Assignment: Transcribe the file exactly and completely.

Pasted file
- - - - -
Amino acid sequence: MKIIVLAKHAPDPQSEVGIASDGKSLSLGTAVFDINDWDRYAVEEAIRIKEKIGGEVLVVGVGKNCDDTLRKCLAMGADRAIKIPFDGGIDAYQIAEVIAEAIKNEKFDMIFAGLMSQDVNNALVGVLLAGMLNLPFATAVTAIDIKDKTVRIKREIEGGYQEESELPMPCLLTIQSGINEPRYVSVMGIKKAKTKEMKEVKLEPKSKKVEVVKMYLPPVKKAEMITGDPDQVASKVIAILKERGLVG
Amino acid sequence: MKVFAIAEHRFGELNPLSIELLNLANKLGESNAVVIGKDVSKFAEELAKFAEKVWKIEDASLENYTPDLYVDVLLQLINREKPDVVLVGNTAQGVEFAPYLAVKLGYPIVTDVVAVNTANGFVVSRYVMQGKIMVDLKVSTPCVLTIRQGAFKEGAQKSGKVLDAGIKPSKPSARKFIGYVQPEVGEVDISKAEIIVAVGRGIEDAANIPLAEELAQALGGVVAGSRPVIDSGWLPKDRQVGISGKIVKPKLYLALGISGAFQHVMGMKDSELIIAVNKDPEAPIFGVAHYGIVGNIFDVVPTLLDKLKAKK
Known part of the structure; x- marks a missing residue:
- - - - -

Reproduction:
Amino acid sequence: MKIIVLAKHAPDPQSEVGIASDGKSLSLGTAVFDINDWDRYAVEEAIRIKEKIGGEVLVVGVGKNCDDTLRKCLAMGADRAIKIPFDGGIDAYQIAEVIAEAIKNEKFDMIFAGLMSQDVNNALVGVLLAGMLNLPFATAVTAIDIKDKTVRIKREIEGGYQEESELPMPCLLTIQSGINEPRYVSVMGIKKAKTKEMKEVKLEPKSKKVEVVKMYLPPVKKAEMITGDPDQVASKVIAILKERGLVG
Amino acid sequence: MKVFAIAEHRFGELNPLSIELLNLANKLGESNAVVIGKDVSKFAEELAKFAEKVWKIEDASLENYTPDLYVDVLLQLINREKPDVVLVGNTAQGVEFAPYLAVKLGYPIVTDVVAVNTANGFVVSRYVMQGKIMVDLKVSTPCVLTIRQGAFKEGAQKSGKVLDAGIKPSKPSARKFIGYVQPEVGEVDISKAEIIVAVGRGIEDAANIPLAEELAQALGGVVAGSRPVIDSGWLPKDRQVGISGKIVKPKLYLALGISGAFQHVMGMKDSELIIAVNKDPEAPIFGVAHYGIVGNIFDVVPTLLDKLKAKK
Known part of the structure; x- marks a missing residue: